For examinees in most states, the ASWB will send an email authorizing the testing with scheduling instructions. The ASWB sells online practice tests that simulate the exam experience by using the same software and format.
Some states may require additional exams to those listed below.
- Degree/Experience Required: BSW, no experience
- Exam Fee: $230
- Exam Focus: Knowledge and skills for basic, generalist practice
- Degree/Experience Required: MSW, no experience
- Exam Fee: $230
- Exam Focus: Application of specialized knowledge and advanced skills
Advanced Generalist Exam
- Degree/Experience Required: MSW, two years of experience in a nonclinical setting
- Exam Fee: $260
- Exam Focus: Advanced generalist social work (including macro-level practice) in nonclinical settings
- Degree/Experience Required: MSW, two years of experience in a clinical setting
- Exam Fee: $260
- Exam Focus: Application of specialized clinical knowledge and advanced clinical skills
Apply for State Licensure
In most states, social work licensing candidates follow the procedures listed in the previous section (submit license application and fee with your state board and receive approval to register for an ASWB exam). Some states, including Texas, allow candidates to apply for licensure only after they take the exam. In this case, candidates apply for approval to take the exam, rather than licensure.
Differences in licensing procedures make it important for applicants to contact their state’s board of social work for specific information regarding license levels, requirements, and application procedures.
Consider Additional Social Work Certifications
While not required, additional social work certifications can help increase career opportunities and salaries. Licensed social workers can pursue National Association of Social Workers credentials in areas that include leadership, case management, clinical, gerontology, military, and youth and family.
Certifications demonstrate to clients and employers in-depth knowledge, dedication, and adherence to ethical standards. Some credentials require a BSW but most specify an MSW. Criteria vary by credential but may include post-degree supervised experience and continuing education hours.
Salary for Mental Health Social Workers
The Bureau of Labor Statistics (BLS) reports an annual average salary of $58,000 for mental health and substance abuse social workers. Salaries can range from $30,000-$97,000.
Earnings can depend on the workplace, client population, and geographical location. For example, in the top five highest-paying states — New Jersey, California, New York, Washington, D.C., and Connecticut — mental health and substance abuse social workers make average annual salaries between $71,650 and $99,390.
The top-paying 10 metro areas for social workers are located in California. Highest-paying non-metro areas include California’s eastern Sierra region, Hawaii/Kauai, and central east New York.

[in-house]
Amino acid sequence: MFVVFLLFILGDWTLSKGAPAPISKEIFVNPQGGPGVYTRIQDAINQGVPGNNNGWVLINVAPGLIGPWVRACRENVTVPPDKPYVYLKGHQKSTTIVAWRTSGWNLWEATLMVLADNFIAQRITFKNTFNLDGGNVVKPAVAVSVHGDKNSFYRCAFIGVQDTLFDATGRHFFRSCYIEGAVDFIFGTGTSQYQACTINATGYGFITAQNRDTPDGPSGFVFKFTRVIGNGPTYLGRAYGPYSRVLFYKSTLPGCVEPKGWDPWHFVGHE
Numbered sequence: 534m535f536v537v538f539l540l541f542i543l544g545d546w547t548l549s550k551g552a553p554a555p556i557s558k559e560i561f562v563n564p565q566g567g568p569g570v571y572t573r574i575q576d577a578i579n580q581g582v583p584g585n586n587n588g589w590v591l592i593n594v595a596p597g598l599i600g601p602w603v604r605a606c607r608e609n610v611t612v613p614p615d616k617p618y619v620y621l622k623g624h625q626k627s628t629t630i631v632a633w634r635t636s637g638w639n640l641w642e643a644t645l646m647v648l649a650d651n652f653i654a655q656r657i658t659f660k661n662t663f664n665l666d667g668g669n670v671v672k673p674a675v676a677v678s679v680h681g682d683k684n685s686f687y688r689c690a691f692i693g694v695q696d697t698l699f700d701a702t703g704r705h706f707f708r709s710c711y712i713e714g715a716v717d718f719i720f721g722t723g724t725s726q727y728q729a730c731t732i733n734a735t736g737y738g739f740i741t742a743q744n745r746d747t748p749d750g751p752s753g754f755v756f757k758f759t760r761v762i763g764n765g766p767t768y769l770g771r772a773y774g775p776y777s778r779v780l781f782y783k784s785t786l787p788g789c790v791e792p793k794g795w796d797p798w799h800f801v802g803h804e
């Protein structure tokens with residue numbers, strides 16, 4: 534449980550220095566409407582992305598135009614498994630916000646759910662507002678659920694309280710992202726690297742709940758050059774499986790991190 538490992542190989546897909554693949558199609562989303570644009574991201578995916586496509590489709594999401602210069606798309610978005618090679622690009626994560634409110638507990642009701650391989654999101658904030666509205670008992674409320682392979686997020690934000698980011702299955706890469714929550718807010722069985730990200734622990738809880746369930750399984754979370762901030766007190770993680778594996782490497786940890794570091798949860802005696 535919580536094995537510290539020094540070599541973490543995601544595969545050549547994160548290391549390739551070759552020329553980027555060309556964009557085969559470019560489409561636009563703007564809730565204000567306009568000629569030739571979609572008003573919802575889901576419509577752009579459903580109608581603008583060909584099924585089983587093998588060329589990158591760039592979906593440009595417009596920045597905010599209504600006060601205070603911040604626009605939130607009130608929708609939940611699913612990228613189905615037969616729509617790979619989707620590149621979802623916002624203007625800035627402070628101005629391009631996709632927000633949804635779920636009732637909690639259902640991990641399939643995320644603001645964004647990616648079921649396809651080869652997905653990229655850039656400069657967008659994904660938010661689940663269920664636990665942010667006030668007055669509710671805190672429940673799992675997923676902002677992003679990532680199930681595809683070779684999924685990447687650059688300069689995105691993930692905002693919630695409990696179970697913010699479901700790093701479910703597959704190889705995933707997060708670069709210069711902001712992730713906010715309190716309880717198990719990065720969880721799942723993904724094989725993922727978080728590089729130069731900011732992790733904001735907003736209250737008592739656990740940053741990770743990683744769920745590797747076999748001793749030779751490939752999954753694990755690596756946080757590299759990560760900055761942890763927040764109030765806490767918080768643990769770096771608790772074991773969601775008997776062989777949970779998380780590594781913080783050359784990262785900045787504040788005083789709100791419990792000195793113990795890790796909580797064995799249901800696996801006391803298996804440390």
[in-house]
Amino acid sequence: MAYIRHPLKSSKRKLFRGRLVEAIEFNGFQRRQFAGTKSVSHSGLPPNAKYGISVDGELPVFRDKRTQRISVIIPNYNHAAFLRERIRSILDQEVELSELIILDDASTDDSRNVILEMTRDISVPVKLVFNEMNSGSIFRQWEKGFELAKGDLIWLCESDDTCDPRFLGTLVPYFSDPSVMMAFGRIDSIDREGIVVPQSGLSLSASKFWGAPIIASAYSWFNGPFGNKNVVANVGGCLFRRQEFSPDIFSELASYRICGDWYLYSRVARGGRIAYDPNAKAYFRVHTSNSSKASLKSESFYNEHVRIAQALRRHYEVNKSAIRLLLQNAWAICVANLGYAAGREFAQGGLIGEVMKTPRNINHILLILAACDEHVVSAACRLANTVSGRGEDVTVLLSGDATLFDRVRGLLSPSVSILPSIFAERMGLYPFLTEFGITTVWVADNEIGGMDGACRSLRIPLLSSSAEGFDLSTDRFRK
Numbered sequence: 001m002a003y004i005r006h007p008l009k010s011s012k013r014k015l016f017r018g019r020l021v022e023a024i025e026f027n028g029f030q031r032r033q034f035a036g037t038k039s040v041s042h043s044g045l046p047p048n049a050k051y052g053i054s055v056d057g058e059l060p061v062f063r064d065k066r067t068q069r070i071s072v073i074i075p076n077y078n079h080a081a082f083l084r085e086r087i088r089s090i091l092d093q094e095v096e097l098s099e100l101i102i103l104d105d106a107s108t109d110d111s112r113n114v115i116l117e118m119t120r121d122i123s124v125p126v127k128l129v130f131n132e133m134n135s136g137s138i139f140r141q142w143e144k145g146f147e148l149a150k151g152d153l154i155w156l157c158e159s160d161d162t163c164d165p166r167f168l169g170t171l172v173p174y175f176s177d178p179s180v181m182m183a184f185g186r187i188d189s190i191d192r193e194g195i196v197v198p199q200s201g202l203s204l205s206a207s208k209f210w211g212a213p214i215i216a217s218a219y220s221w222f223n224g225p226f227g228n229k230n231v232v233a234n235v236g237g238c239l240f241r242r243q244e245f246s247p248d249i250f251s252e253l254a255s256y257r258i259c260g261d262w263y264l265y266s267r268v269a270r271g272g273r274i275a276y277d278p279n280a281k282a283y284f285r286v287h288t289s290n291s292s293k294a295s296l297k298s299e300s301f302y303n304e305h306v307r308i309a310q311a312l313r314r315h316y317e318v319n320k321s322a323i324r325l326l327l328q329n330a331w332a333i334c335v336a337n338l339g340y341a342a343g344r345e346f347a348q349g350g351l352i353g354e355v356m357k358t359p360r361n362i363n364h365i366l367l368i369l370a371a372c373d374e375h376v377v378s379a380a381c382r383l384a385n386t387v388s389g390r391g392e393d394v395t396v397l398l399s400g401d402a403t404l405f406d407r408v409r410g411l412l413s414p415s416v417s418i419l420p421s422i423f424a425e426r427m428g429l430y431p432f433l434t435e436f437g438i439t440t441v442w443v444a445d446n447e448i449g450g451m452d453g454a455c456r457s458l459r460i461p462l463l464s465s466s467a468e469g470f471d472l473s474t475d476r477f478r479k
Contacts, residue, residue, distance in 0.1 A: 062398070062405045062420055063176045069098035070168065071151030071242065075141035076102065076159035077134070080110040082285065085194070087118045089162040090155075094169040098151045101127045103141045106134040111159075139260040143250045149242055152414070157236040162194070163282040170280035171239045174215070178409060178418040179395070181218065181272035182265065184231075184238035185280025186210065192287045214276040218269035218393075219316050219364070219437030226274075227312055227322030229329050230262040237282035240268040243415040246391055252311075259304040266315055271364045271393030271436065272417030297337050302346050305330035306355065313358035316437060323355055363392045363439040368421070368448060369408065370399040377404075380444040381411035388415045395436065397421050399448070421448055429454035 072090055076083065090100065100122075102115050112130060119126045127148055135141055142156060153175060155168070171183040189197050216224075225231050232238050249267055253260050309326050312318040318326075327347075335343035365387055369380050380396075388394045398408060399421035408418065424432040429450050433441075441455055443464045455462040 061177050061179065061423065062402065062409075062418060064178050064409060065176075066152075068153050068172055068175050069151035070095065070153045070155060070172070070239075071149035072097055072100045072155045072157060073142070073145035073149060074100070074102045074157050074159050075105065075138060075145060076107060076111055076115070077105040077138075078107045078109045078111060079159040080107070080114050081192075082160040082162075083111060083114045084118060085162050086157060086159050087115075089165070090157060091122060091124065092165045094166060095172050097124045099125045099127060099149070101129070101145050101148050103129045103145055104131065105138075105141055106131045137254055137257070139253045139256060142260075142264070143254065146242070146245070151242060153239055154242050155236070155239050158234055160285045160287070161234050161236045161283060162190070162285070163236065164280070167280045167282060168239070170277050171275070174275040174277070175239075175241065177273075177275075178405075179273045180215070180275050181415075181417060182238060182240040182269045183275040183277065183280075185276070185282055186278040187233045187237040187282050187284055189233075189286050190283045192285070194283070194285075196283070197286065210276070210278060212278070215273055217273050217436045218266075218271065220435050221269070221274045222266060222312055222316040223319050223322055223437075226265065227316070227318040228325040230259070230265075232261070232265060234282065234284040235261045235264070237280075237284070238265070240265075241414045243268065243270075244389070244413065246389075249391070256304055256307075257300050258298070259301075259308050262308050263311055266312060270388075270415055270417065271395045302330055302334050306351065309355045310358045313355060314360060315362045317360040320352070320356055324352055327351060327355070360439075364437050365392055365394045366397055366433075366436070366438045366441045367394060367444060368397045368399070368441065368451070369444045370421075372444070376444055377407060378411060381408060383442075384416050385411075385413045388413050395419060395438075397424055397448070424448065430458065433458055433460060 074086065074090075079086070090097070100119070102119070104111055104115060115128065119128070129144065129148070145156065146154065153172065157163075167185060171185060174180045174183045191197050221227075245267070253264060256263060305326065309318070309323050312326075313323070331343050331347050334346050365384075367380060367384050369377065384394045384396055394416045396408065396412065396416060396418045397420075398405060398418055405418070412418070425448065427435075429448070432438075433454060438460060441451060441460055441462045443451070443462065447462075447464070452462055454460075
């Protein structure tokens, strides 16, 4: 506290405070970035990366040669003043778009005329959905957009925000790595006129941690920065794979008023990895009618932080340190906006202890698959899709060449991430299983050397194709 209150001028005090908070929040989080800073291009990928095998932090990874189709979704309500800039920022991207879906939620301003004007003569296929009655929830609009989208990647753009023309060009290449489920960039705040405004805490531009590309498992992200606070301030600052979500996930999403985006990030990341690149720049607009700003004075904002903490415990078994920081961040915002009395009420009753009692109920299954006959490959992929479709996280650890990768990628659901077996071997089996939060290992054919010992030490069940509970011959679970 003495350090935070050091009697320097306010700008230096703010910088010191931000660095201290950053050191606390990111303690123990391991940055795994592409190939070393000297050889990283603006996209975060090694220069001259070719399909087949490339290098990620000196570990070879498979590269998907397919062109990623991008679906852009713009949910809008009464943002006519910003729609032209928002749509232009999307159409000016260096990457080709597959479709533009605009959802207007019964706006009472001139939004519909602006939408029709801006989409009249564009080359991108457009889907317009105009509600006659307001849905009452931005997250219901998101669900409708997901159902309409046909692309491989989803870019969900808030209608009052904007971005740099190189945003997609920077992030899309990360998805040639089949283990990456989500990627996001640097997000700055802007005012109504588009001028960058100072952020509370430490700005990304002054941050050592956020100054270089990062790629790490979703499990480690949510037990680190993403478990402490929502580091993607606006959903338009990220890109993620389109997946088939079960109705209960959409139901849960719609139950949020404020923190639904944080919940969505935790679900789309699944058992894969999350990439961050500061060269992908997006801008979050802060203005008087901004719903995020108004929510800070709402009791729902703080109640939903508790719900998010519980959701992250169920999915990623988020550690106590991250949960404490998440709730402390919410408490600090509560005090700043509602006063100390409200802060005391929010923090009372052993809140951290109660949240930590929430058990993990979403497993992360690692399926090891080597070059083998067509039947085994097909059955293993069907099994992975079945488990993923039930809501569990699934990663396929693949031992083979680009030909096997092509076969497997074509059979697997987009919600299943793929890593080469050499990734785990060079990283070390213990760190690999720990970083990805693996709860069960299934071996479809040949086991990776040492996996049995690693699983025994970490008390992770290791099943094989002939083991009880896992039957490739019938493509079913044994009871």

Frequently Asked Questions
What is the difference between a social worker and a psychiatric social worker?
Social workers are professionals who help people navigate various life challenges, including social, economic, and mental health problems. Psychiatric social work is a specialization that assists clients with mental health and emotional issues.
What is the difference between a therapist and a social worker?
Social workers receive training in community-based interventions, which may include mental health therapy. Social workers also advocate for their clients and help them find additional services and resources. Therapists focus more narrowly on mental health diagnosis and treatment. Some social workers are also licensed therapists, so these roles commonly intersect.
Where do mental health social workers work?
The top workplaces for mental health social workers are outpatient care centers, individual and family services, local government agencies, residential facilities, and psychiatric and substance abuse hospitals.
What skills do you need to be a mental health social worker?
Mental health social workers need communication and listening skills to understand clients’ challenges and explain options. They also need compassion and patience under stress. Other skills include casework management and organization, plus problem-solving to refer clients to resources and services.
Reviewed By: Danielle Golightly, LMSW
Danielle Golightly is a licensed social worker in Michigan with over 10 years of experience. She is currently the family advocate at a child advocacy center where she works with individuals and families from diverse backgrounds. Previously, Danielle served as a victim advocate at the same agency, providing crisis intervention and psychoeducation services to families impacted by child abuse. She has also supervised graduate-level social work students and mentored undergraduates throughout their internships.
Danielle is passionate about child welfare, victim advocacy, and trauma.
Danielle is a paid member of the Red Ventures freelance Education Integrity Network.